Aristocrats | Minerva Theatre, Chichester

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The Independent Culture

Three generations ago, the head of the O'Donnell family served on the supreme court of Ireland. His son became a judge on a lower court, and his grandson presided over one lower still. Now the last male O'Donnell is a failed solicitor. "If we had had children," says his brother-in-law, "and they had wanted to be part of the family legal system, the only option open to them would be as criminals."

Three generations ago, the head of the O'Donnell family served on the supreme court of Ireland. His son became a judge on a lower court, and his grandson presided over one lower still. Now the last male O'Donnell is a failed solicitor. "If we had had children," says his brother-in-law, "and they had wanted to be part of the family legal system, the only option open to them would be as criminals."

Brian Friel's Aristocrats (1979) tenderly and bitterly examines the ruined O'Donnell house, a paradigm of a country where self-improvement means failing upward. The last judge, dying upstairs for the two acts, expires, with characteristic malice, on the eve of a daughter's wedding, forcing its postponement. But Claire, the bride-to-be, has not been eager to leave the mansion where her personality and ambition have been suitably crushed for marriage to an elderly grocer.

One sister, Judith, is a slave to Ballybeg Hall, where 17 buckets have to be put out to catch the water whenever it rains. Another, Alice, a surly lush, has married the son of their former maid. Their only brother, Casimir, has come from Hamburg, where (he says) he has a wife and three sons, but he is most at home in the non-existent past. Doubled up and tearful at the sound of his nasty father's voice, he chatters happily to a visiting academic about the grand old days: "Grandfather told Balzac to shut up, and Chopin said..."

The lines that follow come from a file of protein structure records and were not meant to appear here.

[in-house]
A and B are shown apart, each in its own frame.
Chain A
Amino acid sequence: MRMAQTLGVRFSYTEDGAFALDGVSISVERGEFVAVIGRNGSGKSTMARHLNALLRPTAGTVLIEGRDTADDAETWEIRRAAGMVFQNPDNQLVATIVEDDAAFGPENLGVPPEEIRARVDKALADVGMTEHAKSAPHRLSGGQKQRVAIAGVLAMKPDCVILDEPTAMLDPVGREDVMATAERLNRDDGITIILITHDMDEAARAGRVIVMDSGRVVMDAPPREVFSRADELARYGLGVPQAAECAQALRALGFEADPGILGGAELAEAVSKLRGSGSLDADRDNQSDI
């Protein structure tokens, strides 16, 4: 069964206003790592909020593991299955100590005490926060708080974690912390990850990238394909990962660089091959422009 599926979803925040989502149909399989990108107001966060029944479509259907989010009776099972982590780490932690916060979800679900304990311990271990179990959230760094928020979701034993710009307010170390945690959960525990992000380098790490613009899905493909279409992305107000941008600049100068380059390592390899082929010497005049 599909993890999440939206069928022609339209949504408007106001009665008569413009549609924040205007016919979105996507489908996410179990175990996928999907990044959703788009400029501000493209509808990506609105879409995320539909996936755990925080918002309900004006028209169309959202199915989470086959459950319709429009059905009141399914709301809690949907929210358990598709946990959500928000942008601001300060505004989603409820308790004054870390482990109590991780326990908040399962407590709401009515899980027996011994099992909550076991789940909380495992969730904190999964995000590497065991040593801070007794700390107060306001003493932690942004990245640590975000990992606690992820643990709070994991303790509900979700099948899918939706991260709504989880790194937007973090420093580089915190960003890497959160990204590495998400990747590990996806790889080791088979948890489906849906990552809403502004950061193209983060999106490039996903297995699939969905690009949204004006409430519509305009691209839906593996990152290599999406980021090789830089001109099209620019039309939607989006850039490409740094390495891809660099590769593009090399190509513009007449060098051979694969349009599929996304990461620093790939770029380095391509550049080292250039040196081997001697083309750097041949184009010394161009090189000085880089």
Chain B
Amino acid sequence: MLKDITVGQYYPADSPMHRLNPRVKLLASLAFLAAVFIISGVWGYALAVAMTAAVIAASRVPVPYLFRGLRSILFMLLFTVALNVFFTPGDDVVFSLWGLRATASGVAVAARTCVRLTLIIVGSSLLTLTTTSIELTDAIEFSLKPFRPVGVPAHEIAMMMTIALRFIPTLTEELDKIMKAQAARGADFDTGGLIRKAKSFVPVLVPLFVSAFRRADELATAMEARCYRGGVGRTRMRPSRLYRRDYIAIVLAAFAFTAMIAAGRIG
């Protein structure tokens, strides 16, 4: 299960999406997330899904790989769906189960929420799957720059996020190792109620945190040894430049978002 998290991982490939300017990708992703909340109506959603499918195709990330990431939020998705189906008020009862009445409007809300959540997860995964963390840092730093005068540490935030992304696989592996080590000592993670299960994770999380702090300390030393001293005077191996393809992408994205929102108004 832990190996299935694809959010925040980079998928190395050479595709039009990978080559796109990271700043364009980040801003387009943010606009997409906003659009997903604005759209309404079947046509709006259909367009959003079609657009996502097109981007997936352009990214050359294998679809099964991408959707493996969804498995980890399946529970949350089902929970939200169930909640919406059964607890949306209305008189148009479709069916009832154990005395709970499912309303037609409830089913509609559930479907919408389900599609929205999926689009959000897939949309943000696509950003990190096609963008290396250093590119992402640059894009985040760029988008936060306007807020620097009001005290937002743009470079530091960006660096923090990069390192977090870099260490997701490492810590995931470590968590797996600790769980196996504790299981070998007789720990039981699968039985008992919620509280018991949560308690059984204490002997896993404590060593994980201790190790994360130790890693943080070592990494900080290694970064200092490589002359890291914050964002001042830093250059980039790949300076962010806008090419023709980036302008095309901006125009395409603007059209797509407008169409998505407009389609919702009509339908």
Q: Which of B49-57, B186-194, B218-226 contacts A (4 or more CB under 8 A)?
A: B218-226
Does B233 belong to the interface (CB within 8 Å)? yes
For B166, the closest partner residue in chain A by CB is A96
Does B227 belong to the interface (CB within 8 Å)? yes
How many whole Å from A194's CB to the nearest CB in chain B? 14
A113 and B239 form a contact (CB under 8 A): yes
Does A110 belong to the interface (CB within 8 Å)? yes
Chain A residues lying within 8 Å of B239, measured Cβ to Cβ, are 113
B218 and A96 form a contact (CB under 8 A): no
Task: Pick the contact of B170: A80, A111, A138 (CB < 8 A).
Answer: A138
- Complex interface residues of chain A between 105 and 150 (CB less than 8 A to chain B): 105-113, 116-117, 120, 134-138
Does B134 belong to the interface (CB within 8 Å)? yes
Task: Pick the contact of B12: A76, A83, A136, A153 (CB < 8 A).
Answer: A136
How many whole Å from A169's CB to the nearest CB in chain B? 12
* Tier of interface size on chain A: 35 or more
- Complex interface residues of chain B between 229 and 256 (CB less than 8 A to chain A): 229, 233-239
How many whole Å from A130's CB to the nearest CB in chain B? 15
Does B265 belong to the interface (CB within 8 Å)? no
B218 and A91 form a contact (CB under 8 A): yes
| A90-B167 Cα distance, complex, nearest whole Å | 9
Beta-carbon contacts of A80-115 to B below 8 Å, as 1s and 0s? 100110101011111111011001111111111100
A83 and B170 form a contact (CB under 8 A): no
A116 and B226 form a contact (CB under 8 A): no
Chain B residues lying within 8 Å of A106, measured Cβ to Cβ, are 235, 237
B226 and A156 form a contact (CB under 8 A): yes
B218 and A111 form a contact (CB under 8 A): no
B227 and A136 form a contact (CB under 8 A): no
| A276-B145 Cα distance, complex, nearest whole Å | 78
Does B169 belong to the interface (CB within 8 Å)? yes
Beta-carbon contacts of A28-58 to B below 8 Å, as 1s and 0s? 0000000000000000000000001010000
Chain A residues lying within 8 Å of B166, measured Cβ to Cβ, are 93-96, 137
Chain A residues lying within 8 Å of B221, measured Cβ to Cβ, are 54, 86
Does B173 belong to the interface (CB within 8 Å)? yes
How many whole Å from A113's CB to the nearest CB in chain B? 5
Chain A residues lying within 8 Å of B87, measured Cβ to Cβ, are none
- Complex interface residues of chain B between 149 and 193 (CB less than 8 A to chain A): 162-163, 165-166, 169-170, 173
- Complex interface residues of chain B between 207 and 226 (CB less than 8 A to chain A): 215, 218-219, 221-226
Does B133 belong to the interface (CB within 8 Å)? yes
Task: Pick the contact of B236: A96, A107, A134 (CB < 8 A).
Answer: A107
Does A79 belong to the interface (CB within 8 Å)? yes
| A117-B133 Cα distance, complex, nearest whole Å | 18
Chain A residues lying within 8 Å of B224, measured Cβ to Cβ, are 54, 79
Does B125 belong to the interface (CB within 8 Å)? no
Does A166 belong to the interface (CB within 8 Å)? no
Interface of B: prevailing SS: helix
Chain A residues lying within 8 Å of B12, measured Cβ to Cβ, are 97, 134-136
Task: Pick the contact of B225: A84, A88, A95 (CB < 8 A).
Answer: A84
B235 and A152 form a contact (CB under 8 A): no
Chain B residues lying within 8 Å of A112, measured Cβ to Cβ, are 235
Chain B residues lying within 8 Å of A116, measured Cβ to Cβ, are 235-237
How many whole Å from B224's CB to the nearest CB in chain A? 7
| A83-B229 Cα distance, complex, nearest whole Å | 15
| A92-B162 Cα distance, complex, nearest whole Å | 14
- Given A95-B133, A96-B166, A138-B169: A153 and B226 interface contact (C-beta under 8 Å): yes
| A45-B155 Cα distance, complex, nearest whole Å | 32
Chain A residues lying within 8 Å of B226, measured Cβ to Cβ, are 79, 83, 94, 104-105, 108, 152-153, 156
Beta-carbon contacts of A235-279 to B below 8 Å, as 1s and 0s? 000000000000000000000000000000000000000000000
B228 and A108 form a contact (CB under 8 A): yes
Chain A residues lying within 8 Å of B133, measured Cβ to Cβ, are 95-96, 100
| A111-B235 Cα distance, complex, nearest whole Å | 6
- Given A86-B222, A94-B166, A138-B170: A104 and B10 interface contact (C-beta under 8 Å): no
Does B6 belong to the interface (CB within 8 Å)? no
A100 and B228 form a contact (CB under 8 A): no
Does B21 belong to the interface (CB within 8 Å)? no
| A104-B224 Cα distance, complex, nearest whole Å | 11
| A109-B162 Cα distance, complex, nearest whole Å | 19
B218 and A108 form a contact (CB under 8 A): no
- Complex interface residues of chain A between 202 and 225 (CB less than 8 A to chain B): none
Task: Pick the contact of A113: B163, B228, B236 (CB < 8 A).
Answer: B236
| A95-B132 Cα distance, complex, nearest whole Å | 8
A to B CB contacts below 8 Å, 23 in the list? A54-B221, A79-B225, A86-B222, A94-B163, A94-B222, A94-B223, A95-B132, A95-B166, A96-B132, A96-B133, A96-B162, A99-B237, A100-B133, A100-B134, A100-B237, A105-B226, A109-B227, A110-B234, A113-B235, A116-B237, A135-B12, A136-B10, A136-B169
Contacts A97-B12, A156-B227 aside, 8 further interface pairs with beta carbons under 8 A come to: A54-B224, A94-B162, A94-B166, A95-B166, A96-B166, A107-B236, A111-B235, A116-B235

The greatest victim among these walking wounded, however, is Alice's husband, Eamon, the local boy who had the most promising career of all and now lives in a tiny basement, has a job he hates, and pines for Judith, who turned him down years ago. Seemingly the most rebellious, with his laborious clowning and self-hating irony, he is really the servant of the O'Donnells. Through him their anger can be funnelled, expressed, and denied.

The scene is set, it appears, for any number of confrontations and revelations. Yet even Sean Holmes's loving production cannot disguise that there are as many holes in Aristocrats as in the O'Donnell roof. A long and desultory first act ends with no suspense or even any frisson of the family's approaching doom.

By the end of the play, very little has happened, none of it psychologically or dramatically surprising - the hall, of course, must be abandoned after the father dies; Old Uncle George, who has been mute for years, suddenly speaks up, and, of course, does so with graceful fluency. Nor is there any pay-off when Eamon poignantly expresses a greater anguish than any of the O'Donnells at the loss of the old house.

In a strong cast, Laine Megaw is outstanding as the gallant, martyred Judith, as is Billy Carter as Casimir, flitting between the remembered horrors of his childhood and his desperate fantasies. That excellent actor Gawn Grainger, however, is wasted in the underwritten, straight-man part of the academic.

Despite its considerable charm, Aristocrats leaves us dispirited with its inability to imagine any role for the Irish but the usual ones of the passive tyrant, the captive, the exile, the drunk and the mad.

To 30 Sept (01243 781 312)

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